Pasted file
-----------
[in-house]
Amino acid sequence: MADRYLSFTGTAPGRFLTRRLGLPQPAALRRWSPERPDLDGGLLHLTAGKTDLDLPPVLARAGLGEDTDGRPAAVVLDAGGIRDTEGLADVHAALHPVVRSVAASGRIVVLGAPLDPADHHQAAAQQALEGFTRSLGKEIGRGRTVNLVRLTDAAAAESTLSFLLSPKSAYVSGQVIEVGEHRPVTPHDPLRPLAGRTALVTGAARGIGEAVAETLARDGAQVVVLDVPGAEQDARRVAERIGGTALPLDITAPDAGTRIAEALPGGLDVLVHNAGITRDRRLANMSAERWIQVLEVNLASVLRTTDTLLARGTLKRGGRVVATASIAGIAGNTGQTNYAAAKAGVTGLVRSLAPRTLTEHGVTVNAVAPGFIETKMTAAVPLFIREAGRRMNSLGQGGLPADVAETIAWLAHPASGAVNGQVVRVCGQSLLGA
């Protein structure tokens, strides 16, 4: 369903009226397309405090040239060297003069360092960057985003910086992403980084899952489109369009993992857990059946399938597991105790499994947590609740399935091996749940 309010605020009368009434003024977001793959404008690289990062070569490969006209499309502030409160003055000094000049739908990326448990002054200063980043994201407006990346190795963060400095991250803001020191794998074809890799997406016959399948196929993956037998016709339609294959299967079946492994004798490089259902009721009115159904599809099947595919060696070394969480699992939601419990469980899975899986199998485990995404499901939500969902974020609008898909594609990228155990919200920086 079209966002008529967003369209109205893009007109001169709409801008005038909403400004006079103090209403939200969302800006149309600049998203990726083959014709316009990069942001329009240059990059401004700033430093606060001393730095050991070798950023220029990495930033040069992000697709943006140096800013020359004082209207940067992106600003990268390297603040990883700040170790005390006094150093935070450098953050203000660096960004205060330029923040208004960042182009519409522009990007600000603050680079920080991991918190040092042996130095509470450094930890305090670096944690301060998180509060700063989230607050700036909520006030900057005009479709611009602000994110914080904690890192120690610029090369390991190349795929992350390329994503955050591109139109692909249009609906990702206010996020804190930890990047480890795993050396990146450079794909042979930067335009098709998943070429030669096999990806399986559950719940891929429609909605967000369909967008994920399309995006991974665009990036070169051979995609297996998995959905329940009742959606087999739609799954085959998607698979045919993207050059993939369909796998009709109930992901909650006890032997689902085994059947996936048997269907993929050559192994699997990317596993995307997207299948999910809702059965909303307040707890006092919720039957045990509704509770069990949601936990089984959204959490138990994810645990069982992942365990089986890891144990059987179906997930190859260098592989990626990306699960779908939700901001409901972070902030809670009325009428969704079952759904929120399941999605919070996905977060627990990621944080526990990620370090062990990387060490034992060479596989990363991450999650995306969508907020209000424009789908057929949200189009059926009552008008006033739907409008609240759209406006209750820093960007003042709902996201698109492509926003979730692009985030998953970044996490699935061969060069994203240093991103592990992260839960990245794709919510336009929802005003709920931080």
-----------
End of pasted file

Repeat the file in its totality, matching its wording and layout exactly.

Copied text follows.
[in-house]
Amino acid sequence: MADRYLSFTGTAPGRFLTRRLGLPQPAALRRWSPERPDLDGGLLHLTAGKTDLDLPPVLARAGLGEDTDGRPAAVVLDAGGIRDTEGLADVHAALHPVVRSVAASGRIVVLGAPLDPADHHQAAAQQALEGFTRSLGKEIGRGRTVNLVRLTDAAAAESTLSFLLSPKSAYVSGQVIEVGEHRPVTPHDPLRPLAGRTALVTGAARGIGEAVAETLARDGAQVVVLDVPGAEQDARRVAERIGGTALPLDITAPDAGTRIAEALPGGLDVLVHNAGITRDRRLANMSAERWIQVLEVNLASVLRTTDTLLARGTLKRGGRVVATASIAGIAGNTGQTNYAAAKAGVTGLVRSLAPRTLTEHGVTVNAVAPGFIETKMTAAVPLFIREAGRRMNSLGQGGLPADVAETIAWLAHPASGAVNGQVVRVCGQSLLGA
């Protein structure tokens, strides 16, 4: 369903009226397309405090040239060297003069360092960057985003910086992403980084899952489109369009993992857990059946399938597991105790499994947590609740399935091996749940 309010605020009368009434003024977001793959404008690289990062070569490969006209499309502030409160003055000094000049739908990326448990002054200063980043994201407006990346190795963060400095991250803001020191794998074809890799997406016959399948196929993956037998016709339609294959299967079946492994004798490089259902009721009115159904599809099947595919060696070394969480699992939601419990469980899975899986199998485990995404499901939500969902974020609008898909594609990228155990919200920086 079209966002008529967003369209109205893009007109001169709409801008005038909403400004006079103090209403939200969302800006149309600049998203990726083959014709316009990069942001329009240059990059401004700033430093606060001393730095050991070798950023220029990495930033040069992000697709943006140096800013020359004082209207940067992106600003990268390297603040990883700040170790005390006094150093935070450098953050203000660096960004205060330029923040208004960042182009519409522009990007600000603050680079920080991991918190040092042996130095509470450094930890305090670096944690301060998180509060700063989230607050700036909520006030900057005009479709611009602000994110914080904690890192120690610029090369390991190349795929992350390329994503955050591109139109692909249009609906990702206010996020804190930890990047480890795993050396990146450079794909042979930067335009098709998943070429030669096999990806399986559950719940891929429609909605967000369909967008994920399309995006991974665009990036070169051979995609297996998995959905329940009742959606087999739609799954085959998607698979045919993207050059993939369909796998009709109930992901909650006890032997689902085994059947996936048997269907993929050559192994699997990317596993995307997207299948999910809702059965909303307040707890006092919720039957045990509704509770069990949601936990089984959204959490138990994810645990069982992942365990089986890891144990059987179906997930190859260098592989990626990306699960779908939700901001409901972070902030809670009325009428969704079952759904929120399941999605919070996905977060627990990621944080526990990620370090062990990387060490034992060479596989990363991450999650995306969508907020209000424009789908057929949200189009059926009552008008006033739907409008609240759209406006209750820093960007003042709902996201698109492509926003979730692009985030998953970044996490699935061969060069994203240093991103592990992260839960990245794709919510336009929802005003709920931080």